Updated: Jan 15
Lucia’s love-stricken vibrancy, Elektra’s hysterical ‘last dance’, Salome’s fatal neuroticism, Anna Bolena’s futile rage against her execution inside the Tower of London, even Giselle’s death via betrayal. All these women had life held by the horns and had found, in one way or another, their mortal objective to which they tirelessly strove to complete before succumbing to eternal rest, requiem æternam. Naturally, just as impassionately as they lived, so too did they perish vigorously, refusing to become yet another soul in Hades’ playground to whom one sympathetically reminisces and yet thinks no longer.
The rebellion against the conclusiveness of death is rive within classical music repertoire, from Messiaen Quartet for the end of time and Schubert’s Winterreise to more veiled expressions like Barber’s Adagio for Strings and Tchaikovsky’s Symphony no.6, these composers seeking to personify the despondent reality of dying while alive. For a musician, there is not one death but two, when the music ceases to flow and when the heart ceases to function, and for Lili Boulanger, this was tragically her truth, a case of a life returned to God all too soon. KCMS presented, as their inaugural performance for Music à la Carte 2, Lili Boulanger’s the companion set ‘D'un soir triste and D'un matin de printemps’ [1917-18], composed using the final pulses of physical strength she had left after having battled chronic illness for the better part of her entire life. Revealed by Artistic-Director and pianist Min Young Kang, Yale-trained violinist Kate Arndt, and Curtis-graduate cellist Josh Halpern is Lili’s acuminous understanding of her own mortality represented through the sonic art of sound. The first diptych’s elegiac profundity is showcased by Halpern’s generous story-telling, playing the part of sympathetic Father Time, and Arndt’s sagacious bowing, personifying the doleful voice of Lili herself, all supported by Kang’s enigmatic underpinnings, playing the role of the Impressionist epoch itself due to infusions of Ravel, Debussy, and Satie heard within the undulating waves of attempted equilibrium, ominously ‘perfect’ pseudo-unison’s, and jarring, collective outbursts.
The second diptych takes on a superficially lighter visage which by no means suggests a reduction in expressive fervency, as the driving, syncopated theme, excellently introduced by Arndt, supported by Kang, bestowed then to Halpern, initiates a modus operandi of zealous agitationism to Debussian prolongation and back again. The work finally reaches its apex through a back’n’forth pizzicato/bowing pattern, copied by Kang who initiates the burgeoning centrifugalism, the trio then skillfully uniting to reiterate the main theme on top of Kang’s reverberating pedaled, bass octaves. Interpretable as Lili’s frustration at having to leave her future compositions as unmaterialized ‘spirit’, or perhaps embodying Lili’s desire to have one last, resounding hurrah in the face of future silence, the final four minutes of D’un matin remain my favorite because on the tail of the string’s sonorous unison [intonationally perfect], Kang emerges with a beautifully played Ravelian Miroirs-esque moment [3rd mvt. specifically] which expeditiously returns to the nagging m/M second ostinato. From there, it’s all hands on deck as Arndt and Halpern masterfully shadow each other, moving from thematic material to syncopated pizz. action, returning only once more to the Debussian soundscape alongside Kang’s shimmering accompaniment. In a furious, synchronous passion, just like the Maenads during their frenzied revelries, the trio emerges in unison to display Lili’s fiery theme, again aided by Kang’s held-pedal octave pounds supplying the atmosphere with a sense of grandeur, sensed even through headphones and a screen. As Kang provides the rhythmic stability via reinforced ostinati, Arndt and Halpern’s timbral control and dexterous, technical skills are not only utilized but actively illuminated through trading flourishes and collaborative tenacity. Finally, in Paganinian execution, what goes up must come down and thus, Arndt and Halpern dutifully proceed up, and Kang dramatically comes down, the entire process punctuated with liberational gestures from all three.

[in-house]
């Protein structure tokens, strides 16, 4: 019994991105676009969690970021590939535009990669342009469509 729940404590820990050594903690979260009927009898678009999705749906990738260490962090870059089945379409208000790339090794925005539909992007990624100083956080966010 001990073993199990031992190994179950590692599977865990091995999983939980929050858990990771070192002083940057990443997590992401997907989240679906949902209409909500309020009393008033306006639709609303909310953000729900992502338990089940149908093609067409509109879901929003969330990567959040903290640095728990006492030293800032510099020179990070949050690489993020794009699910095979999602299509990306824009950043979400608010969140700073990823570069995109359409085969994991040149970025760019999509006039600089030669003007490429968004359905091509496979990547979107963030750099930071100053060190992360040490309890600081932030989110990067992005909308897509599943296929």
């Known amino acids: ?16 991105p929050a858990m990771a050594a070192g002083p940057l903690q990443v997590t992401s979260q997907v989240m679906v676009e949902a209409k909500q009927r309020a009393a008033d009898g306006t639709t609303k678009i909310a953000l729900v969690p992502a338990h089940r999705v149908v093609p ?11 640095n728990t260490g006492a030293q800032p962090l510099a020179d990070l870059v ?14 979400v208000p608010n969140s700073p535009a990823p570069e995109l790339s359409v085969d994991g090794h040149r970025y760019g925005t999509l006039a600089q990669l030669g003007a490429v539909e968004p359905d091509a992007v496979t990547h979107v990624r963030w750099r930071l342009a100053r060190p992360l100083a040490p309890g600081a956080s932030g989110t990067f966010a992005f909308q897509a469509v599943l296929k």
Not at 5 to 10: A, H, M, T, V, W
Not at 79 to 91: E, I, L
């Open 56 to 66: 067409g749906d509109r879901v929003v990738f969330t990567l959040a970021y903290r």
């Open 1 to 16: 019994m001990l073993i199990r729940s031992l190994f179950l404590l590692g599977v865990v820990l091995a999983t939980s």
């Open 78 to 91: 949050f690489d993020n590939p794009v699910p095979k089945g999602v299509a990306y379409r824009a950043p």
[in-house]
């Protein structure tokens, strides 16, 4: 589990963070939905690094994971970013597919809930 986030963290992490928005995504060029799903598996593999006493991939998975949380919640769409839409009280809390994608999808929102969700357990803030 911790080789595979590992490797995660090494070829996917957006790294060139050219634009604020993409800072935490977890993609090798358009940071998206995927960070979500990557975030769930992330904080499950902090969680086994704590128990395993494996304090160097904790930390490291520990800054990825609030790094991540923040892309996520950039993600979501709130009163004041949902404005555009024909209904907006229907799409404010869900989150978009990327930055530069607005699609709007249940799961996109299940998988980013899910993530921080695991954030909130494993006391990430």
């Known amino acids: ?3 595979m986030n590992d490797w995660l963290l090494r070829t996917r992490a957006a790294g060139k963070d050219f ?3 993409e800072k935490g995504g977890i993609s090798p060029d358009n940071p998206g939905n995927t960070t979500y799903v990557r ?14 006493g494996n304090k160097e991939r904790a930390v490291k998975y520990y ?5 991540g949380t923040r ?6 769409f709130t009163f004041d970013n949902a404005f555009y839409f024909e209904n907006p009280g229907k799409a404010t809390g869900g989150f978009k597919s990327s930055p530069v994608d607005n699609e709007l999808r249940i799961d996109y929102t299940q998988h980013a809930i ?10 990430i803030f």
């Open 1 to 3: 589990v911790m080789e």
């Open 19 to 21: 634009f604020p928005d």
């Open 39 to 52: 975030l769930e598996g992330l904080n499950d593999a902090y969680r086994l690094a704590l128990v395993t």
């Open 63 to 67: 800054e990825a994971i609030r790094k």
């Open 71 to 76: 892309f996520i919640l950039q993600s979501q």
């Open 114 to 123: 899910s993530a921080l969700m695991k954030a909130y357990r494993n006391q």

If one must sum up Kallo’s first week of Echos That Remain I would say this; The ability to play together is easy, the ability to breath, hear, and be together is something else entirely. Not only have these three musicians performed impeccably, infusing every note with a throughline of linear becoming, but more importantly, they have given honor unto Lili’s name and continued the work to secure her legacy in the ears of modern listeners. She may have been released from the earth at the age of 25, but it seems like her music shall forever live on. She may have been overshadowed by her sister, but no longer does that need to occur.
The trailer for Echo's That Remain can be viewed on their YouTube channel, available here.
The Kallos Chamber Music Series is an instrumental collective based in New Haven, CT. and thus, if you are able to financially contribute to the continuation of such activities and much more, please check out their website at Kalloschambermusicseries.com
Appreciation to The Kallos Chamber Music Series for providing me the ability to review!
[PC: Min Young Kan website, Josh Halpern via Kallos, Kate Arndt via Kallos]